I’ve already documented my love for George’s book Where Beards Wag All, which he wrote fifteen years later and is far more concentrated on the role of the oral tradition in rural settings.
I’ve been meaning to write up about this book for ages and now I come to do so, what I learnt from it has quite slipped my mind… but just looking at the contents pages is more than enough to wet the intellectual appetite. I mean it has chapters called ‘Beer’, ‘Field Names’ and ‘Bacon and Ham Curing’ and a whole section titled ‘Various Old People’. Ha!
As climate change starts to bite and we continue looking for ways to work the land with nature rather than by fighting against her, books like this will be valuable resources indeed.
The Economist review on the inside cover just about sums it up: ‘Original, arresting and always human… The book is a mine of information, but this is offered so unpretentiously that it reads as easily as a quiet book of memoirs’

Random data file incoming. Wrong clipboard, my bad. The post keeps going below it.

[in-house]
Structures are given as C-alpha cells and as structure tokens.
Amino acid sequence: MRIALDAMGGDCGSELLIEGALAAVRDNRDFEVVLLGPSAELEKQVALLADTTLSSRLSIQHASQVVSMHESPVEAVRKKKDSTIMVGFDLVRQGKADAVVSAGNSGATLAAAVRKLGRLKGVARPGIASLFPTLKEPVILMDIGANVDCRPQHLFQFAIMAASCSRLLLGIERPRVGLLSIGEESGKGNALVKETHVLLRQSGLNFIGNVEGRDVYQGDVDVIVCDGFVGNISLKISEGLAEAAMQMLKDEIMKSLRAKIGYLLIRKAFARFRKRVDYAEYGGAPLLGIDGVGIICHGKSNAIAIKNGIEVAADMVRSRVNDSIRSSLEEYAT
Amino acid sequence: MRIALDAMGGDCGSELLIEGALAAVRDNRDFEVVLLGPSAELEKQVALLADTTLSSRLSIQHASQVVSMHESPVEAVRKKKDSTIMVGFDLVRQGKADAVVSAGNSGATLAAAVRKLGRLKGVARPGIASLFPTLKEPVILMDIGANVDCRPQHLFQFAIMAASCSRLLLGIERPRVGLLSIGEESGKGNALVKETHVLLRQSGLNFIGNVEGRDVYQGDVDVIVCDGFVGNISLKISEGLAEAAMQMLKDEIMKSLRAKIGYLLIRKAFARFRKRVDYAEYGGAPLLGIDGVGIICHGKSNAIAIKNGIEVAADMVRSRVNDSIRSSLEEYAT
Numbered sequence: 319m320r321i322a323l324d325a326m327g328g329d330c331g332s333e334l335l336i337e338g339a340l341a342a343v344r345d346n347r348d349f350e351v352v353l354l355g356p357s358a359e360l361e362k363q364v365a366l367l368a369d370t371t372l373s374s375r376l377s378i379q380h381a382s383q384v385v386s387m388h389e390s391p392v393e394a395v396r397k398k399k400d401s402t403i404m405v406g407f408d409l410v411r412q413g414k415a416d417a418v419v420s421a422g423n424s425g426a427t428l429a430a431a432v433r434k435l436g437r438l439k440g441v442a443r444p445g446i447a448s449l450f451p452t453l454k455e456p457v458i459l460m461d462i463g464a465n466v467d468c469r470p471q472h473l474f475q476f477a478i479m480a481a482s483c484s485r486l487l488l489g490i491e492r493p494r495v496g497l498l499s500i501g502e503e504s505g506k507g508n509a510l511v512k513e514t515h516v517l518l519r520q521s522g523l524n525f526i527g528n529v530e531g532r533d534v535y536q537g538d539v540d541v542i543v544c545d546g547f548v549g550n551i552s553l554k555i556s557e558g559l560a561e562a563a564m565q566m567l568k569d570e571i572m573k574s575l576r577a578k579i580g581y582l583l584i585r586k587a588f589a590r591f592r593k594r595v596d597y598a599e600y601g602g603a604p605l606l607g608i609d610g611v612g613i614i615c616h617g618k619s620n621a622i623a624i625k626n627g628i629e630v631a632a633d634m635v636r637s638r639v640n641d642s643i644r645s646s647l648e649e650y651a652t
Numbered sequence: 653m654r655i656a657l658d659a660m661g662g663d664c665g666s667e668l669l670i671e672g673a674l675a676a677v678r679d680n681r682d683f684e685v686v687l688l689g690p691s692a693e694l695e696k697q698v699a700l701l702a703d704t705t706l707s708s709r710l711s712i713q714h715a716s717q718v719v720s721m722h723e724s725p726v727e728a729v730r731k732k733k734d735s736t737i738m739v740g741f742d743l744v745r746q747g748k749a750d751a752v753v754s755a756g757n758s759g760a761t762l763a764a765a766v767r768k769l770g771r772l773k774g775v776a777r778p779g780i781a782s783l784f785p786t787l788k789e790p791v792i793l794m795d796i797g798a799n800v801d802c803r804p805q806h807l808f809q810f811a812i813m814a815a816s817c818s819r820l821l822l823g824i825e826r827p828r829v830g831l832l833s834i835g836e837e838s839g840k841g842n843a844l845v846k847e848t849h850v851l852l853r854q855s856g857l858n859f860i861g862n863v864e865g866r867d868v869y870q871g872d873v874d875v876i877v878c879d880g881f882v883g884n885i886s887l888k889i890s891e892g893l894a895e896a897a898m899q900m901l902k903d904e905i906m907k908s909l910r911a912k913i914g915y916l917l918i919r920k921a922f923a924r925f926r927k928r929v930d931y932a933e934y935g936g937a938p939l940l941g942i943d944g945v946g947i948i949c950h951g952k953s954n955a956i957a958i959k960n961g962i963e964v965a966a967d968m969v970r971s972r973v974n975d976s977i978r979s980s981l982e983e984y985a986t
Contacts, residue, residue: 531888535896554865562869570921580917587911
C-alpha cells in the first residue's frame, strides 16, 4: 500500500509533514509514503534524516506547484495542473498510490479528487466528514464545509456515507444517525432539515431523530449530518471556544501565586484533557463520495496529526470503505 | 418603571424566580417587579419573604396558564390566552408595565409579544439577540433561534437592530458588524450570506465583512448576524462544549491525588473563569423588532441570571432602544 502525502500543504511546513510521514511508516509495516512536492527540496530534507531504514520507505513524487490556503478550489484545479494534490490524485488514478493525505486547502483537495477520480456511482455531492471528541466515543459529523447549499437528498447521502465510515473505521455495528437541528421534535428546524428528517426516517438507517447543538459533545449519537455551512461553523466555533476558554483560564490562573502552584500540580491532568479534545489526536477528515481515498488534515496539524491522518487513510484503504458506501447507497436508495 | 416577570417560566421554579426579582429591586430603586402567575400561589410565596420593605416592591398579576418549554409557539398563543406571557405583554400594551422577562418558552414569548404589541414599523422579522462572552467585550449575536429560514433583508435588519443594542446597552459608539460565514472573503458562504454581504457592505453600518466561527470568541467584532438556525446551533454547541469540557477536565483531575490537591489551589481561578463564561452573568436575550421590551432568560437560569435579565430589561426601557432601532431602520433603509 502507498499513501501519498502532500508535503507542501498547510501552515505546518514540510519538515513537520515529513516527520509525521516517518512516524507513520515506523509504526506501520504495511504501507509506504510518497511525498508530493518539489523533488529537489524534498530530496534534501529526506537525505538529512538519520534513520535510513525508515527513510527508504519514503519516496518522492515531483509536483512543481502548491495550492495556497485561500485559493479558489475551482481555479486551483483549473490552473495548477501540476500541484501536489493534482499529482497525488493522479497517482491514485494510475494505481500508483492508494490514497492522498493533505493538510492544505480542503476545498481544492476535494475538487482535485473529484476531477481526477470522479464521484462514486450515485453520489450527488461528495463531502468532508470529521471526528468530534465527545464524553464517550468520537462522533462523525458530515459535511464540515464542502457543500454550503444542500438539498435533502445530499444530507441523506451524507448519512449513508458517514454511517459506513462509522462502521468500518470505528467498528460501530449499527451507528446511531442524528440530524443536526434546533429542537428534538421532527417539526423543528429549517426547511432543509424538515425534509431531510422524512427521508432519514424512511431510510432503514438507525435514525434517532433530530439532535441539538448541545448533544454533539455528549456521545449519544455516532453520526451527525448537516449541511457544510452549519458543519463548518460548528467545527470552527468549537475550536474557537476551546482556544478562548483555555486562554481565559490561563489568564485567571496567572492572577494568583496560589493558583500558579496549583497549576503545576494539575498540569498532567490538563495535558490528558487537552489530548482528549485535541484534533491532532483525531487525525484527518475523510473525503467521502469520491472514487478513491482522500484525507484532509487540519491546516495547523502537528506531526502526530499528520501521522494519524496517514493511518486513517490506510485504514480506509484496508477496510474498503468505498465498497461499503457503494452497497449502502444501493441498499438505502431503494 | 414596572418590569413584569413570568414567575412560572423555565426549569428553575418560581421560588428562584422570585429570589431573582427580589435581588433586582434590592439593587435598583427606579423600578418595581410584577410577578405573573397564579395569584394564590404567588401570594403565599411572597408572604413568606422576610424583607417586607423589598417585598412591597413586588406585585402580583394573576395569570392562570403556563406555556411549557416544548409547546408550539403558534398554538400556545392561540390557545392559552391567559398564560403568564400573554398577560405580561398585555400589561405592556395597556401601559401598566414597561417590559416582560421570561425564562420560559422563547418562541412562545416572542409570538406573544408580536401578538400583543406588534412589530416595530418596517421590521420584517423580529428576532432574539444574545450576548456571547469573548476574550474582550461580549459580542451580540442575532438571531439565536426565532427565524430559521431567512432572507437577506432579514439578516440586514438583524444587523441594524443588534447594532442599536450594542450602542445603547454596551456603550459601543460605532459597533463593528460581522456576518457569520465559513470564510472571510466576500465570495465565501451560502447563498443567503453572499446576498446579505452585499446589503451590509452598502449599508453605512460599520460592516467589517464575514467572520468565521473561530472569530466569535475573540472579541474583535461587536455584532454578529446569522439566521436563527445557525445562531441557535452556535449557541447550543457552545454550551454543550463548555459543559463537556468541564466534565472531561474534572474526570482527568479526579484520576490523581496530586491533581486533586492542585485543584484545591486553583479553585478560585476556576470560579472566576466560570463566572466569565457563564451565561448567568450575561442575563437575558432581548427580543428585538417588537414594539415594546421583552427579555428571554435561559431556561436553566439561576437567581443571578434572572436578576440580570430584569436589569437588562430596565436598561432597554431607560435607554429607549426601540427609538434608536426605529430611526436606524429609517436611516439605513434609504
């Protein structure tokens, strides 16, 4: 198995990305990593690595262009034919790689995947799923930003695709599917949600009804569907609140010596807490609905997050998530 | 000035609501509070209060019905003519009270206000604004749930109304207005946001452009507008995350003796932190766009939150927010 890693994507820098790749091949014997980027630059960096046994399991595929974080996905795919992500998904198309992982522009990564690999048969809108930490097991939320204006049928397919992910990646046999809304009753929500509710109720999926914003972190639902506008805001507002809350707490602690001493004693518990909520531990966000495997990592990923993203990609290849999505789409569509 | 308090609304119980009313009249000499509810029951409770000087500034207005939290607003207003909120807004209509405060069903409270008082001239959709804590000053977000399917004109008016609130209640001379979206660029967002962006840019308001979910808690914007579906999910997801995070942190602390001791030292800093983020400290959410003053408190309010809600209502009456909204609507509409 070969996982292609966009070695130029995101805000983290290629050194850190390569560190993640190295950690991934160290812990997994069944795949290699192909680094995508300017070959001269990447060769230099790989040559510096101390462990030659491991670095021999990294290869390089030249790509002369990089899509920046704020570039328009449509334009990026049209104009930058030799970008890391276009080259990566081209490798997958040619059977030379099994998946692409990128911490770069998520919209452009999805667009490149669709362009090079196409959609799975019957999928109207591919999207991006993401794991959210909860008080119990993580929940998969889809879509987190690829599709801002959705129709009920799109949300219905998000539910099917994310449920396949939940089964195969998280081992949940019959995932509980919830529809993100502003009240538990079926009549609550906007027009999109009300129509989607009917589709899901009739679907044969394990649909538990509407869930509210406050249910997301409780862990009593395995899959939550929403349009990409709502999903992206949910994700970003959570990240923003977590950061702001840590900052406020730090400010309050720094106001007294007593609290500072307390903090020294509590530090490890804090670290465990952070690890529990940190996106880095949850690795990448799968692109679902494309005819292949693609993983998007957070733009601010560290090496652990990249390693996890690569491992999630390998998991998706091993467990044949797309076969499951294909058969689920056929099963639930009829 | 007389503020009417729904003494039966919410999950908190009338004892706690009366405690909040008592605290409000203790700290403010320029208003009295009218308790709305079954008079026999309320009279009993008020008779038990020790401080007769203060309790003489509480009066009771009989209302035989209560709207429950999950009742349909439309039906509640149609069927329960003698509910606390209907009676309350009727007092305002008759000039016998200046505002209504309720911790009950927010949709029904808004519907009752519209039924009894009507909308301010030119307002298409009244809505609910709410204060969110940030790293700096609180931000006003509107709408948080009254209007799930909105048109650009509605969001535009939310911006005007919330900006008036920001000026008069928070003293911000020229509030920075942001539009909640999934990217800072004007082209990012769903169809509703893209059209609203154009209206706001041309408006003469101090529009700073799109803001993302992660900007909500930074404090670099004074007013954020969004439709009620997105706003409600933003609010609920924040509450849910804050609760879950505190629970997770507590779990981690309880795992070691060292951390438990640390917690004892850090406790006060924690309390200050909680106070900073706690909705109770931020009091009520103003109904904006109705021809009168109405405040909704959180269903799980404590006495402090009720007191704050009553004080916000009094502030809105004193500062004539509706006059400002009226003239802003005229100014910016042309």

We get sent, given and recommended a lot of books by people who’ve seen the show. They are nearly always very useful and often even get read. Every so often one comes along that wins. This is such a book. What a title! And full of lovely maps and considered prose too. Copies come up 2nd hand for about the £20 mark fairly often, well worth it.
Needless to say this book is a glorious source of academically thorough research into peasant struggles against the greed and tyranny of the aristocracy.
In this BBC Archive On Four, historian Alan Dein celebrates the centenary of his mentor George Ewart Evans, collector of Suffolk farming tales. Evans began by chatting to his neighbours over the fireside in the 1950’s and transcribing stories about poaching, shepherding, smuggling and ditching.
The talk was of a hardscrabble life, of leaky roofs and meals of pea soup and pollard dumplings and beef only at Christmas with occasional festivities like the Whitsun fair.
Evans came from a Welsh mining village and he sympathised with the labourers’ stories about the tyranny of the trinity of the parson, squire and farmer. He was a sympathetic listener who asked allowed his community to speak for itself and he captured the stories of people whose traditions had been unbroken for generations, who worked on the land before mechanisation and who believed in magic and folk wisdom and had intuitive understanding of working with animals.
Evans’ eleven books about the working lives and folk stories of Blaxhall are a portrait of every facet of his village and paved the way for books and programmes, both fiction and not fiction, about British agricultural life.